Veterinarians Discuss Stem Cells for Equine Joint Therapy

Veterinarians Discuss Stem Cells for Equine Joint Therapy

Equine athletes commonly need supportive care for their musculoskeletal system, particularly their joints.

Photo: Anne M. Eberhardt/The Horse

Equine athletes commonly need supportive care for their musculoskeletal system, particularly their joints. Joint therapies were the topic of discussion at a packed table topic at the 2014 American Association of Equine Practitioners Convention, held Dec. 6-10 in Salt Lake City, Utah. Lane Easter, DVM, Dipl. ACVS, of Performance Equine Associates, in Thackerville, Oklahoma; and Ashlee Watts, DVM, PhD, assistant professor at Texas A&M's College of Veterinary Medicine, in College Station, led the conversation.

Initially, Watts had prepared to talk about the evergreen topic of treating injured or arthritic joints with hyaluronic acid and corticosteroids. Instead, one of the key topics was the use of stem cells in joints.

The audience first discussed how stem cell injections to treat joint pain or damage have improved. When veterinarians first began using this treatment method, they noticed profound joint flare reactions. However, current preparation of autologous (from the horse's own body) stem cells instead of fetal bovine serum (the old approach) has markedly reduced flare reactions.

Watts explained that stem cells actually stimulate IRAP (interleukin-1 receptor antagonist protein) production in the joint (which blocks inflammatory protein products that stimulate pain, inflammation, cartilage degradation, and lameness associated with osteoarthritis), as well as growth factors similar to what is achieved with plasma-rich protein (PRP), so they give multiple benefits.

David Frisbie, DVM, PhD, Dipl. ACVS, ACVSMR, professor at the Colorado State University (CSU) Orthopaedic Research Center, said, “Stem cells are best used once active inflammation has settled down, usually four-plus weeks postoperatively.” Frisbie, who helped pioneer stem cell use in horses, also remarked that recent research has shown that using stem cells in the presence of inflammation does not achieve a long-term effect.

On a similar note, audience members agreed that infectious arthritis should not be treated with regenerative therapy until at least two months after infection and inflammation have resolved.

The veterinarians in attendance also recommended that corticosteroids not be injected into a joint that will be treated with stem cells soon. These cells are exquisitely sensitive to their environment and “need to be told what to do.” However, because corticosteroids are toxic to stem cells and interfere with their activity, the presenters recommended using autologous-conditioned serum (IRAP) instead to lessen joints' inflammatory reaction.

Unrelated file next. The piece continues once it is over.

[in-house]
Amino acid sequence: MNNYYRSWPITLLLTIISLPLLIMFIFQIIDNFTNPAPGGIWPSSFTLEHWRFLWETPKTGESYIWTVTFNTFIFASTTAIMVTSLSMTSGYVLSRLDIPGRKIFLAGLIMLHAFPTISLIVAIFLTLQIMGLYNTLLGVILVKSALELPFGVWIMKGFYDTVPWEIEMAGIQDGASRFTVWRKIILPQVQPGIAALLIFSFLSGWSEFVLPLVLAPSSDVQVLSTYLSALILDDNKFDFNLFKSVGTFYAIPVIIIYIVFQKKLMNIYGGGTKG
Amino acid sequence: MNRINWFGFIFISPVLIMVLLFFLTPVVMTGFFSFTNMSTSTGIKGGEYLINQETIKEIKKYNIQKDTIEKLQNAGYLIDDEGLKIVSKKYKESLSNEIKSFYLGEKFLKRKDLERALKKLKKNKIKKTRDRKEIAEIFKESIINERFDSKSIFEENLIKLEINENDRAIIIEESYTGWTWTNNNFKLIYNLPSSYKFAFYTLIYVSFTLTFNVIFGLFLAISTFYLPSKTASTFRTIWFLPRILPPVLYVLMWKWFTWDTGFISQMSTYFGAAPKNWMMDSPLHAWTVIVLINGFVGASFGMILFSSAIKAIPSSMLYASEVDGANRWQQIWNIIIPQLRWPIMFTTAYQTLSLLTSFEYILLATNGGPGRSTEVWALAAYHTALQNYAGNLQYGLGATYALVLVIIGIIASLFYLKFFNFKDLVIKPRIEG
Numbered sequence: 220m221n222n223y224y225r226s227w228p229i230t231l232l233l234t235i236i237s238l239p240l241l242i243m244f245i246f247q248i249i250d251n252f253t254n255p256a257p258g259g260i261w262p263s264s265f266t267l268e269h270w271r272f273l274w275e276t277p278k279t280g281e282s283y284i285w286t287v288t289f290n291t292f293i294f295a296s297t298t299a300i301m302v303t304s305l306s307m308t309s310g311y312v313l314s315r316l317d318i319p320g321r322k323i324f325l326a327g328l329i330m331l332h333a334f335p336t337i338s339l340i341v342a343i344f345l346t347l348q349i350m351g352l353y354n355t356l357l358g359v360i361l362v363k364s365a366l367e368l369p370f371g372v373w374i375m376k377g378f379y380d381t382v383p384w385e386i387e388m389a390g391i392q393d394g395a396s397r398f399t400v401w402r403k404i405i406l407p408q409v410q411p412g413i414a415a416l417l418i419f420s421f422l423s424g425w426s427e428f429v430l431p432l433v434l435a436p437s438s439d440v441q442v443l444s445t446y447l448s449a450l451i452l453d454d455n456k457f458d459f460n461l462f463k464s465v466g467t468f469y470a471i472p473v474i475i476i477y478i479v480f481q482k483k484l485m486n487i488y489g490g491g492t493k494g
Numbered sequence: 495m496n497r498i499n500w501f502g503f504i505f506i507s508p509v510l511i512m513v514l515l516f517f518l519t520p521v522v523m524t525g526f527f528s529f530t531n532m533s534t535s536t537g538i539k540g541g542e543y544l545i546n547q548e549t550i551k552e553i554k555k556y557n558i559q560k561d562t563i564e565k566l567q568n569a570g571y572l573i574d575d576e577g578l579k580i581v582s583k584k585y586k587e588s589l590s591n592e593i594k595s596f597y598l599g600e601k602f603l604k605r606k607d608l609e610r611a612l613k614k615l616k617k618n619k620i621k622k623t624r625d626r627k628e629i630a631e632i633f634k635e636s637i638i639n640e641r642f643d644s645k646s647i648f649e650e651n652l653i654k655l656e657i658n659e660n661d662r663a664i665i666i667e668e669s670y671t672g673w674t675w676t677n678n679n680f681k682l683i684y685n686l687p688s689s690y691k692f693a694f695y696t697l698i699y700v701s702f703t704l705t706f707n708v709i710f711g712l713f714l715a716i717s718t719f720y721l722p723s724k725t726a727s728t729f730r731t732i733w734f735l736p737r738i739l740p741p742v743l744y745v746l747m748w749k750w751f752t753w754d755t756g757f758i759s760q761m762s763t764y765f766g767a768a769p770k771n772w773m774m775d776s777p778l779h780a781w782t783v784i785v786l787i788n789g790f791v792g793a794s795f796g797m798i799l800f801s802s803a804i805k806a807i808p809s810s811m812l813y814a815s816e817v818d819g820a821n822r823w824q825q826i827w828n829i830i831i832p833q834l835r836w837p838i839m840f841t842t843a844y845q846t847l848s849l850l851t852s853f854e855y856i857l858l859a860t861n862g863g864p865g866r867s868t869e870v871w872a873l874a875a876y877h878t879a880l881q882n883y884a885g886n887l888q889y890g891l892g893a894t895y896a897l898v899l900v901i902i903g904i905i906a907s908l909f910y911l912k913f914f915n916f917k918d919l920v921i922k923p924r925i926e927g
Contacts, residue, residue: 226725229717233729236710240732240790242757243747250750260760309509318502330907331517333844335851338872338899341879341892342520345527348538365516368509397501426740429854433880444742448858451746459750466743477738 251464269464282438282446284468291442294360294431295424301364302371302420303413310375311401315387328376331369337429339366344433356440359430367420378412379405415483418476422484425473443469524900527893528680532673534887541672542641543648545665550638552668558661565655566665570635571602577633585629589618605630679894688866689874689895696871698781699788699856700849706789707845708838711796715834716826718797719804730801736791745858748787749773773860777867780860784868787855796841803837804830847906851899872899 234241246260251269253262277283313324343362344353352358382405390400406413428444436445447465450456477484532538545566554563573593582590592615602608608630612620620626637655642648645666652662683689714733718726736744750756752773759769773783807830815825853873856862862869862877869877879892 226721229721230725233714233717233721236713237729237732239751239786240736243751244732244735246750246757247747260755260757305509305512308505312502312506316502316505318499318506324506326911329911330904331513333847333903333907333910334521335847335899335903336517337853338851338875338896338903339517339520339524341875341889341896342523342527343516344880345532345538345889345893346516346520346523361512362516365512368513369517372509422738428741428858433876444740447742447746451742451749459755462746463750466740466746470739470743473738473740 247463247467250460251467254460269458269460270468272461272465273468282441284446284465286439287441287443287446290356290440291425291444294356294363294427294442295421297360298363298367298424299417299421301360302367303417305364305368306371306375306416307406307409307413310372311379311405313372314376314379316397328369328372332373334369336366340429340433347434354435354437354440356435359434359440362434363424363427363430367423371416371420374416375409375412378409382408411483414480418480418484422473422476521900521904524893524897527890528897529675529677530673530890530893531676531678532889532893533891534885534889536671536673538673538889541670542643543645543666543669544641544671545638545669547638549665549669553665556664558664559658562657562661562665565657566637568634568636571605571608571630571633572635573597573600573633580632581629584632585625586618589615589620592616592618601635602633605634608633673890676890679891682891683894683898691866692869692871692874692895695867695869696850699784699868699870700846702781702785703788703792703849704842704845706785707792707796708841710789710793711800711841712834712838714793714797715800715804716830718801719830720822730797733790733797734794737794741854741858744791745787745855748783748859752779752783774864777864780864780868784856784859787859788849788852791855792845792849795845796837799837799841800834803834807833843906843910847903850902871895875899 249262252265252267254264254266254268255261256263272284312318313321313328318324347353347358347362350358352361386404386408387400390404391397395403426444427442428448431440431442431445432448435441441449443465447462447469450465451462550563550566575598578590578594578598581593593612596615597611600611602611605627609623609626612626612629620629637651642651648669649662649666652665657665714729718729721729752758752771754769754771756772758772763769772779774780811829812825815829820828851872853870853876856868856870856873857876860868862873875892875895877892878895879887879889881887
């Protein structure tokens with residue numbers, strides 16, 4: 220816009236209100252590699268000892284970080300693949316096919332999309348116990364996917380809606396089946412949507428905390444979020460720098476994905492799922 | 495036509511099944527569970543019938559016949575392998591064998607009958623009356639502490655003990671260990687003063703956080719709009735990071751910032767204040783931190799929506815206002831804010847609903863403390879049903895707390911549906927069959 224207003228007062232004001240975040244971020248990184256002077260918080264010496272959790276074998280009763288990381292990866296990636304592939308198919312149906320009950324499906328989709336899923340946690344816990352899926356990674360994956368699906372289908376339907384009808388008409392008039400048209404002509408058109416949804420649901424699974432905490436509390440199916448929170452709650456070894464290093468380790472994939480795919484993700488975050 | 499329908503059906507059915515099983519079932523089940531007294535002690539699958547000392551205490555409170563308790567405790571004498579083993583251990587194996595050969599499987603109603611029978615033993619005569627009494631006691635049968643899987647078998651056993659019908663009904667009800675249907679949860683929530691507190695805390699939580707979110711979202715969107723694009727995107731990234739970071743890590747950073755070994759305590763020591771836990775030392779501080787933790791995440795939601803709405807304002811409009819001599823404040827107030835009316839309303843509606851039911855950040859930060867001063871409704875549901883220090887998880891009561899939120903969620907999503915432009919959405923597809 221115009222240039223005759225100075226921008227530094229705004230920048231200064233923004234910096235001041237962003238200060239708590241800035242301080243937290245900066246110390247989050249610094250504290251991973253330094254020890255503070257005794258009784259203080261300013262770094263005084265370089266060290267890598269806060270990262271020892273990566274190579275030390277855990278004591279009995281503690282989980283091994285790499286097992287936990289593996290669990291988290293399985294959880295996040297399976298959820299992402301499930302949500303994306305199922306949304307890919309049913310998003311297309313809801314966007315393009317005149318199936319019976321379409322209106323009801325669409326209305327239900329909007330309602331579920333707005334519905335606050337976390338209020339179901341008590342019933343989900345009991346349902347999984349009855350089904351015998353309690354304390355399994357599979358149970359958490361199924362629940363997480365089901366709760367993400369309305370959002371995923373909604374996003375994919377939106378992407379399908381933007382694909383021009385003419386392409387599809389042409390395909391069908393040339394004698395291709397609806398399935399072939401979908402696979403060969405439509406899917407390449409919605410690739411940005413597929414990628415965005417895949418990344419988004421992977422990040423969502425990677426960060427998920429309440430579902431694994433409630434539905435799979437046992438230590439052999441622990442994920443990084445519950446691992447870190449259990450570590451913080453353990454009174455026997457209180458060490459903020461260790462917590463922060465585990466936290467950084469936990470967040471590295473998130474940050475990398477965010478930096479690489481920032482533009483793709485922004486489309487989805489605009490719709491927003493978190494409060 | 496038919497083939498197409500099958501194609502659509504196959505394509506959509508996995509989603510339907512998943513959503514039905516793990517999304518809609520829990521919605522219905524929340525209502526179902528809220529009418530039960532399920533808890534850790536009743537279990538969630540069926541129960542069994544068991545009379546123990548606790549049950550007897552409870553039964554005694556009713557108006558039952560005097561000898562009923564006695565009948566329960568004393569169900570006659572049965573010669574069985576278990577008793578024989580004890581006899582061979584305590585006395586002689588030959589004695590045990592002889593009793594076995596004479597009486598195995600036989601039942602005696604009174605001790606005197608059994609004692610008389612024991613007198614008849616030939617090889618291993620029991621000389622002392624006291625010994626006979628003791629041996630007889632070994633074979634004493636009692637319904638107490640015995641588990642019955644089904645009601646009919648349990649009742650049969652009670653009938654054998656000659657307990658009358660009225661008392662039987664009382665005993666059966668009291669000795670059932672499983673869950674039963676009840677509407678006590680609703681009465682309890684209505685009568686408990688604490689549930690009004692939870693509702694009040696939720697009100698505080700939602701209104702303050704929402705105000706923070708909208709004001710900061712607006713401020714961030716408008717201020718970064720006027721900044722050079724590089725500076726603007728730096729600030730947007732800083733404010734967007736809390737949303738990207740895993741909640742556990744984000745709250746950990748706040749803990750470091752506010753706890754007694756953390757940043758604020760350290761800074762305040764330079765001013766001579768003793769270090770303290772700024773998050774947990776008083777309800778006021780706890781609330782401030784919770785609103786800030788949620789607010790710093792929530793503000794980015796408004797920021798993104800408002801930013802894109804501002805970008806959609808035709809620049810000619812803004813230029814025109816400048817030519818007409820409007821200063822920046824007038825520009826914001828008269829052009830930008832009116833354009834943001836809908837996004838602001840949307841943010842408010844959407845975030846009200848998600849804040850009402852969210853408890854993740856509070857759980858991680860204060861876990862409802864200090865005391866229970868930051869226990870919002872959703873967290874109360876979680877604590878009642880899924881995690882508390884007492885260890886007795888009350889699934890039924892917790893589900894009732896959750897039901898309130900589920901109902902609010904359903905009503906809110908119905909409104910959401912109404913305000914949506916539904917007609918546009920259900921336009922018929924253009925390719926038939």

Most often veterinarians said they use stem cells to treat stifle injuries, with 60-70% resolution in damage of the meniscus (the cartilaginous tissues between bones in the stifle joint). Frisbie described how CSU researchers demonstrated that 65% of horses returned to function with stem cell joint injections, as compared to 35% of horses not receiving stem cells but treated with other intra-articular therapies.

Combining hyaluronic acid (HA), a joint treatment mainstay, with stem cells or autologous-conditioned serum (IRAP) might well offer an advantage. Frisbie commented that HA has been known to increase the time stem cells stay in the joint and might elicit better “sticking” of stem cells to articular cartilage. He said PRP might be counterproductive for use with stem cells because it could signal the body to make bone instead of cartilage. Further, veterinarians participating in the discussion recommended against using the antibiotic amikacin with joint injections of stem cells because it adversely affects them. However, veterinarians can use systemic gentamycin—another antibiotic from the same class--safely without adversely affecting stem cells.

As a reminder, attendees suggested using amikacin with intra-articular polysulfated glycosaminoglycans to reduce the chance of bacterial growth in joints that sometimes accompanies this product's use. Many horse owners ask to have their horse’s joints injected with HA in advance of a known joint problem as a protective measure. However, veterinarians said that HA can be helpful for acute synovitis (inflammation of the joint lining), but they pointed out that there is no evidence of any prophylactic (preventive) advantage to injecting HA into a non-inflamed joint. Lastly, the group briefly discussed treating joints affected by osteoarthritis (OA), which is nonreversible. In these cases, regenerative medicine is not necessarily the method of choice if the OA is stable; in those cases, corticosteroids are the best strategy. Regenerative medicine has its best application in acute, new injuries.

About the Author

Nancy S. Loving, DVM

Nancy S. Loving, DVM, owns Loving Equine Clinic in Boulder, Colorado, and has a special interest in managing the care of sport horses. Her book, All Horse Systems Go, is a comprehensive veterinary care and conditioning resource in full color that covers all facets of horse care. She has also authored the books Go the Distance as a resource for endurance horse owners, Conformation and Performance, and First Aid for Horse and Rider in addition to many veterinary articles for both horse owner and professional audiences.

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